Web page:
Aug 13, 2014

Doing The Math: Saving A-10s By Cutting F-35s

In February 2014, Secretary of Defense Hagel briefed that retiring the A-10 fleet would save $3.5 billion over five years. That equals a savings of $700 million per year, not exactly chump change. A few months later, in April, the Air Force Chief of Staff, Gen. Mark Welsh, actually bumped the estimate up by exactly $700 million, to $4.2 billion. This means either the A-10’s annual operating expenses went up by 20% to $840 million per year, or the new savings is calculated over six years instead of five. Either way, the intended message was unambiguous: Air Force leadership did some math and made a logical decision. Retiring the A-10 fleet will save a lot of money, and these days saving money is a necessity, not an option.
But in June, the House of Representatives voted to prevent the Air Force from retiring the Warthog, leading Air Force Secretary Deborah James to ask where they want to find the money instead.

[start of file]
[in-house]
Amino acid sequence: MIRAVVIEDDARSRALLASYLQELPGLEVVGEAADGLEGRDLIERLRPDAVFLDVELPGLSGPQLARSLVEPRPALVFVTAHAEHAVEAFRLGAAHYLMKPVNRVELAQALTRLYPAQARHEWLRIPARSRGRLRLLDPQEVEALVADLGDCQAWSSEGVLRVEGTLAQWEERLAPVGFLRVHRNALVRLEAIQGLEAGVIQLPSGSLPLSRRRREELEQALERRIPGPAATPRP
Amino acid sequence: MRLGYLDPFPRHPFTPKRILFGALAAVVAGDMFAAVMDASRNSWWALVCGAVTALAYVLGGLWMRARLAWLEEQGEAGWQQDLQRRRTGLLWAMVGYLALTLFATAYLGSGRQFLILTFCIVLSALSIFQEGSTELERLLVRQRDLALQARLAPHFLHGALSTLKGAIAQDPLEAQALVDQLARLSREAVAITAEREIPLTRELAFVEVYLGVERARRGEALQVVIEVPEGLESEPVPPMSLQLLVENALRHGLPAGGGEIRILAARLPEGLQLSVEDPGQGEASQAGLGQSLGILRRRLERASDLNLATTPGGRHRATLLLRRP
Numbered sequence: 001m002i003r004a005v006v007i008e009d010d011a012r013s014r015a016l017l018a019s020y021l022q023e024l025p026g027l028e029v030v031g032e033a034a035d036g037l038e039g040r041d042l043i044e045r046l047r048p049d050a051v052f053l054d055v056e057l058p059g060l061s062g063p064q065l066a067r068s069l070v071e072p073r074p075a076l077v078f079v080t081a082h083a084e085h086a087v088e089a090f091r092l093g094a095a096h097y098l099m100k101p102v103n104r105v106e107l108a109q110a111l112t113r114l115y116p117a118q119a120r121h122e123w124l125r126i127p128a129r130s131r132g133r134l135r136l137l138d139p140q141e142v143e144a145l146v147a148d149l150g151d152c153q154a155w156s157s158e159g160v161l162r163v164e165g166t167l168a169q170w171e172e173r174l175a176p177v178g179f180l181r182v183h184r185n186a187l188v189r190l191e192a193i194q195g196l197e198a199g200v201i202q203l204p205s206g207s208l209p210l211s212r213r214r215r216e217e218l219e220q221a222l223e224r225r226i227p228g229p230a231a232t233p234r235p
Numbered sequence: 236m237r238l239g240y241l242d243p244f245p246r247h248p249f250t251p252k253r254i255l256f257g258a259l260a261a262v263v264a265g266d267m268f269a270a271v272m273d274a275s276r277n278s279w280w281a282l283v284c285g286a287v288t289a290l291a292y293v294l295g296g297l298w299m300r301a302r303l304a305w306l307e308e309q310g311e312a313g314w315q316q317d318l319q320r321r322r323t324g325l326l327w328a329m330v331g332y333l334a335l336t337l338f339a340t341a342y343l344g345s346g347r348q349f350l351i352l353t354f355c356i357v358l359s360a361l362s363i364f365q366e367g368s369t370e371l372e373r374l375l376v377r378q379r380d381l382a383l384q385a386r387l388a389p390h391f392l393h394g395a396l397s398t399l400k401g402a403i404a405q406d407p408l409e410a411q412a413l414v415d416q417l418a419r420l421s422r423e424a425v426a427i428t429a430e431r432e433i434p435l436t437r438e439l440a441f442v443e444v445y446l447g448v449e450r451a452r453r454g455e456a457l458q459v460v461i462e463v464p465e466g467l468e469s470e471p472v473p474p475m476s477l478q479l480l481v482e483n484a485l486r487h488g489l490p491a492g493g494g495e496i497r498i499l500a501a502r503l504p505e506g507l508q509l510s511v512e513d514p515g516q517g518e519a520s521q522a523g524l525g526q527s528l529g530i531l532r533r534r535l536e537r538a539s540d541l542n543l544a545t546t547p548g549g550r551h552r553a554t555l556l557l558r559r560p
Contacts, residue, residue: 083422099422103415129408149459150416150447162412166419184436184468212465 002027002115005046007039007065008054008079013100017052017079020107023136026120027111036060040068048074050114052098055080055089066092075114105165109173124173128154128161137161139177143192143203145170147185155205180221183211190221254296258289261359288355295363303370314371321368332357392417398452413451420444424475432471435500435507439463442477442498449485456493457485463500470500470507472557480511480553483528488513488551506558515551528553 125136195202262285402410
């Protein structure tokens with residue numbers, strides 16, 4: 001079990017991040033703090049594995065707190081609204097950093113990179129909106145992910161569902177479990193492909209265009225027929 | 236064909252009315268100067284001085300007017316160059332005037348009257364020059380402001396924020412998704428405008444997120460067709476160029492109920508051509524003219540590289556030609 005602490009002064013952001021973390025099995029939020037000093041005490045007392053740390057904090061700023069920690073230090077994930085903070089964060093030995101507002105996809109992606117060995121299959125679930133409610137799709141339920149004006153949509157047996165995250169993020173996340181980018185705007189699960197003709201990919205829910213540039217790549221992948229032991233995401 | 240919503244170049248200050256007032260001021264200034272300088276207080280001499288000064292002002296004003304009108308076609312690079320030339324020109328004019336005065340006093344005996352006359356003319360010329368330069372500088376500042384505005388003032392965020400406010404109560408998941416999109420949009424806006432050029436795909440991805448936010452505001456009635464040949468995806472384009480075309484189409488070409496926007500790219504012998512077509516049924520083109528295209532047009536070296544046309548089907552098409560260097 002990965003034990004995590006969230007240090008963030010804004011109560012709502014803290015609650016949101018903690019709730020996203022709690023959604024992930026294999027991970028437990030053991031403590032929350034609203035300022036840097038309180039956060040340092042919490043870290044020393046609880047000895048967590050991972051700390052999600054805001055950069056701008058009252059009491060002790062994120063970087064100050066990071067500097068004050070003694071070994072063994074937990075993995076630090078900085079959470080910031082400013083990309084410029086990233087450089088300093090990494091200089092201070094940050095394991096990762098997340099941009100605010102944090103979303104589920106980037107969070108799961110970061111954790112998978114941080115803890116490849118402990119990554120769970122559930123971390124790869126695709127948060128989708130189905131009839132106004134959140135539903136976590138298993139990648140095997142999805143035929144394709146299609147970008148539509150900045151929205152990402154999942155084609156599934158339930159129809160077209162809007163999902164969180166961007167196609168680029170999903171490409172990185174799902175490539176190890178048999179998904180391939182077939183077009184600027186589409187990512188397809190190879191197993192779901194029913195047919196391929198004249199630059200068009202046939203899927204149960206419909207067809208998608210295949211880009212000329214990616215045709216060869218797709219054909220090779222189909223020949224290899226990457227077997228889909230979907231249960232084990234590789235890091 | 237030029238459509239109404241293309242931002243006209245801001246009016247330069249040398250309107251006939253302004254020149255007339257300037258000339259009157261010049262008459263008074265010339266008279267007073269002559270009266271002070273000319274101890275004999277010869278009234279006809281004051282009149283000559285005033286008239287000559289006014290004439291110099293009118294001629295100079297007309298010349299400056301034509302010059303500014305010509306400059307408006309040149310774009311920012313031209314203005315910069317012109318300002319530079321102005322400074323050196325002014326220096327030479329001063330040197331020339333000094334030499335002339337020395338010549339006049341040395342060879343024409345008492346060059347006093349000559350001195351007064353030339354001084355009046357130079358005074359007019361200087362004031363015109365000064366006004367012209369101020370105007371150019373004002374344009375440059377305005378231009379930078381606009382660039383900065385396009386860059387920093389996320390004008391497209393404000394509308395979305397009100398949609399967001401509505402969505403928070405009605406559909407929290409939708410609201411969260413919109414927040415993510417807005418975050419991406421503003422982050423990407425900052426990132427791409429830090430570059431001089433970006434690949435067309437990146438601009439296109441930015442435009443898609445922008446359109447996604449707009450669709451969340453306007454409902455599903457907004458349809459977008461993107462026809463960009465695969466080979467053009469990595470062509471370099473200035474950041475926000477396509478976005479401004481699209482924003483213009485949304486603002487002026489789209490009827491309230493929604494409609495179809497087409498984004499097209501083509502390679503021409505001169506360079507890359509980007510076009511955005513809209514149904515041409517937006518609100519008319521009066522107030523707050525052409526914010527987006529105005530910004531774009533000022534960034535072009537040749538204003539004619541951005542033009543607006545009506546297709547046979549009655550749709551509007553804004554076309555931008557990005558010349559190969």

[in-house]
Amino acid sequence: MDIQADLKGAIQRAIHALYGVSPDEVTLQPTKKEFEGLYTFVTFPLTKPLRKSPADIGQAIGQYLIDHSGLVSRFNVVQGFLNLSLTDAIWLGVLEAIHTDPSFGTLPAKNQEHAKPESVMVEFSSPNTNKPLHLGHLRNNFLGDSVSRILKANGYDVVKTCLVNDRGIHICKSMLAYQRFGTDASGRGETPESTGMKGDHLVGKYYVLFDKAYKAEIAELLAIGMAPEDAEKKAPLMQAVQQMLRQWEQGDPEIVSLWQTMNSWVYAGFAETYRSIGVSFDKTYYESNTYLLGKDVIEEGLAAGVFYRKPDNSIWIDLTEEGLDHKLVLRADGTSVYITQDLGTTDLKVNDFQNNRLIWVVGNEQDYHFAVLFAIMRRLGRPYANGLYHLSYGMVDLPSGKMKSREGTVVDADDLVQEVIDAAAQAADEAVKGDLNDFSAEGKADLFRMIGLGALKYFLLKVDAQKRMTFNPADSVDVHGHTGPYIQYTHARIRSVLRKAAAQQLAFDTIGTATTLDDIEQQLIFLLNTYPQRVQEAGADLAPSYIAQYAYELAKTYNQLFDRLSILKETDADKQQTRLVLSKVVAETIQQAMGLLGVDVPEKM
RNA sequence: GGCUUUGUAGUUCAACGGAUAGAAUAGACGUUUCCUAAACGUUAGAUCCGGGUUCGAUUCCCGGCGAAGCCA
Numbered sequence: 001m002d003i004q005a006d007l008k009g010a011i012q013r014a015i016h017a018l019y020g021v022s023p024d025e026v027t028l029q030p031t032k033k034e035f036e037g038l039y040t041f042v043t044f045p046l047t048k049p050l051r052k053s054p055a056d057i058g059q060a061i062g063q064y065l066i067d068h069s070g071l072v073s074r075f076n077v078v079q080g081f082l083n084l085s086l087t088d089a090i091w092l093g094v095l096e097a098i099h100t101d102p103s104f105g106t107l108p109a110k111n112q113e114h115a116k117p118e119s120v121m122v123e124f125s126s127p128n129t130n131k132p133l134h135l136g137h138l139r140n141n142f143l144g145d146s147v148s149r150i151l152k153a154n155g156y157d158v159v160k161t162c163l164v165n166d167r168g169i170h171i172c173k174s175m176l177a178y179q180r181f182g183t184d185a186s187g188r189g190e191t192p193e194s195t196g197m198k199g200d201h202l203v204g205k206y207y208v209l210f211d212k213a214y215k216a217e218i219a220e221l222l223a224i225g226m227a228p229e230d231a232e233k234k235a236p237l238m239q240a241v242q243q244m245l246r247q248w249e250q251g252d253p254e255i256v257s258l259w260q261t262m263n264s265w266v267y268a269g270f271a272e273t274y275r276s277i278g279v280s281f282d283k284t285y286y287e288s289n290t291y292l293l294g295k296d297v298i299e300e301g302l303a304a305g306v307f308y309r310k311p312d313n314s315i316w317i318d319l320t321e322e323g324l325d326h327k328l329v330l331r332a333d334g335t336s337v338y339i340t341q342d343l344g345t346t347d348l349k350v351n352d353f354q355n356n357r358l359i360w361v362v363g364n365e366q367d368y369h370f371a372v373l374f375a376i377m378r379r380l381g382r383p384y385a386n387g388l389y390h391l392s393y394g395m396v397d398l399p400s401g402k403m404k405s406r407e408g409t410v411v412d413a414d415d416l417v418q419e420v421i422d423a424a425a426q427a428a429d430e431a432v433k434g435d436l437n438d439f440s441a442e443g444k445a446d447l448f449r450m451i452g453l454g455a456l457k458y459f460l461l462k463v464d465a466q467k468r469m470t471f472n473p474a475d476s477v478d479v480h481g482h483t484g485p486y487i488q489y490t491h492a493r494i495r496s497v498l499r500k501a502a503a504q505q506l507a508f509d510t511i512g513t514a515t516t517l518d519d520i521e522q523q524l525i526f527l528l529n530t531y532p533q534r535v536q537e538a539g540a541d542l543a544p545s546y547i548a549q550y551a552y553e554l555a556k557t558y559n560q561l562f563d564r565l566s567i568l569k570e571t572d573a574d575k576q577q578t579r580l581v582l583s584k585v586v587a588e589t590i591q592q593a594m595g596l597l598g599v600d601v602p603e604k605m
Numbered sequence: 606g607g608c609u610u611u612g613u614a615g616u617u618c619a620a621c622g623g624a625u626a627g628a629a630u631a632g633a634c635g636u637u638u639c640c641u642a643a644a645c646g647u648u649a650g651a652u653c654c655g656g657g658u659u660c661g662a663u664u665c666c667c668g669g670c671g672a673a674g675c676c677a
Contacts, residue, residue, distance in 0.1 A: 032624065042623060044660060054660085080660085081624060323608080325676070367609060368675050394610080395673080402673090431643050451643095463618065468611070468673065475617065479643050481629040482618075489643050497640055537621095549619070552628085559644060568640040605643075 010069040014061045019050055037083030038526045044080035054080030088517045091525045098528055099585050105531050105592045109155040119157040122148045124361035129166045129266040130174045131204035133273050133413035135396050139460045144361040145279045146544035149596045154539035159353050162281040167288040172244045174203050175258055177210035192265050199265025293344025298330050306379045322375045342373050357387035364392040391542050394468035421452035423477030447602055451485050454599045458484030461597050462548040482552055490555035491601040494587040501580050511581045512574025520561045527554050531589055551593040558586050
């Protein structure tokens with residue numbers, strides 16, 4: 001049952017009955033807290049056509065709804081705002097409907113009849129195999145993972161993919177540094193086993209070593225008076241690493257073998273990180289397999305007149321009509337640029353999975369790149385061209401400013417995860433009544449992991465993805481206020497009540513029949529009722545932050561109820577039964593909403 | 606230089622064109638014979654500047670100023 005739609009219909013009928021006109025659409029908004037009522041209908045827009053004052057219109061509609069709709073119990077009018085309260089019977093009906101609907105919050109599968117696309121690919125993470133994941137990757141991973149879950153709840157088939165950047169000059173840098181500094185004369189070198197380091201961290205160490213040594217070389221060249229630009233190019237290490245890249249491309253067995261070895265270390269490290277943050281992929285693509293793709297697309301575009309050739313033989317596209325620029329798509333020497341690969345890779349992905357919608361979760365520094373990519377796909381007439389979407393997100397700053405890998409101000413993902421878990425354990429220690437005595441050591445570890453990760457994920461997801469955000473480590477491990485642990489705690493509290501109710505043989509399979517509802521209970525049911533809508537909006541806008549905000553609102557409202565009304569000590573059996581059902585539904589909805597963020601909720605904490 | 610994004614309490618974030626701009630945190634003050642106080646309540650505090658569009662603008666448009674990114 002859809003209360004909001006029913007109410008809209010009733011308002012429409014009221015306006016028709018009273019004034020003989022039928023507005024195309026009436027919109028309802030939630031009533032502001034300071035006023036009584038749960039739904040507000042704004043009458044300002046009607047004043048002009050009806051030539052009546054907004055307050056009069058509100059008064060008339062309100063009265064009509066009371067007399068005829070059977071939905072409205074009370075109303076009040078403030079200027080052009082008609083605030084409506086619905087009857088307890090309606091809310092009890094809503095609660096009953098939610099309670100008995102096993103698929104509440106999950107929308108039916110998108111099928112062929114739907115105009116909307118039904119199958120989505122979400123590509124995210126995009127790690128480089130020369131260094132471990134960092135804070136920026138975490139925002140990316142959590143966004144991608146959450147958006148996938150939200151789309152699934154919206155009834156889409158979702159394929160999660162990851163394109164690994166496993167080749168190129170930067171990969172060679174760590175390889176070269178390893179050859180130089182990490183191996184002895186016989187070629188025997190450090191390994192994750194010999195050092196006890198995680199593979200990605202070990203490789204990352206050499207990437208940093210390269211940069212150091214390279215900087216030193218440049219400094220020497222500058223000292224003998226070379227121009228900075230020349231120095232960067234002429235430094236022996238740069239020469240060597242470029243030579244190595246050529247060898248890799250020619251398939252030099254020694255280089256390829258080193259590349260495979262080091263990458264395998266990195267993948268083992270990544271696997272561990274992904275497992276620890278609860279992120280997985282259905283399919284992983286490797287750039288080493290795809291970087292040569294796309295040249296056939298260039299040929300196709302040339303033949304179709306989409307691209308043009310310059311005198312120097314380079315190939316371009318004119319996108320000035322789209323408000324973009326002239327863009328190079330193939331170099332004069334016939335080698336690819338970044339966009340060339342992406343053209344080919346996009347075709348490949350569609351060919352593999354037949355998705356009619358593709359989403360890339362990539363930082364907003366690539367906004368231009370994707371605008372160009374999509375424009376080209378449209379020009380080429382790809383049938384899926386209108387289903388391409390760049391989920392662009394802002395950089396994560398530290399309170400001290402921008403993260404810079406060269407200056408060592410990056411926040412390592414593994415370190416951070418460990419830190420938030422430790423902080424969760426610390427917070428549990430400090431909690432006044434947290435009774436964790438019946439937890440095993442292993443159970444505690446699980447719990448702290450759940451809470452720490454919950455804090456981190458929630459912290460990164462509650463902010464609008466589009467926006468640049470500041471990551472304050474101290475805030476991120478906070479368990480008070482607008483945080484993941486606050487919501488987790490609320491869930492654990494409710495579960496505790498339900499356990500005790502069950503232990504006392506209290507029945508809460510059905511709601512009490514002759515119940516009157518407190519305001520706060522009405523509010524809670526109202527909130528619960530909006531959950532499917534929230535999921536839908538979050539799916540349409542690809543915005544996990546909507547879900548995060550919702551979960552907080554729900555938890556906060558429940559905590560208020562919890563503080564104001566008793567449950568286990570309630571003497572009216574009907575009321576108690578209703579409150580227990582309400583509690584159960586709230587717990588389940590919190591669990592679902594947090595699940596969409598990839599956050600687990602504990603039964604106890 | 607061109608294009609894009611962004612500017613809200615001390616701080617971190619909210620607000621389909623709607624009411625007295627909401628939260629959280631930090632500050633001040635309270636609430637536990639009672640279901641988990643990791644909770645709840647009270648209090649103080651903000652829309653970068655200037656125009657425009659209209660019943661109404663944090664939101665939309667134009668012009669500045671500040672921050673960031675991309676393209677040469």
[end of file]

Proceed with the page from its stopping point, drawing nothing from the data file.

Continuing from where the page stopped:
It’s a great question and one worth answering. Are there other, perhaps better ways to come up with $4.2 billion in savings? Where else could the Air Force look? One alternative is the Joint Strike Fighter, often described as the most expensive weapons system in history. Let’s do a little math here – but don’t worry, I’ll keep it as painless as possible.

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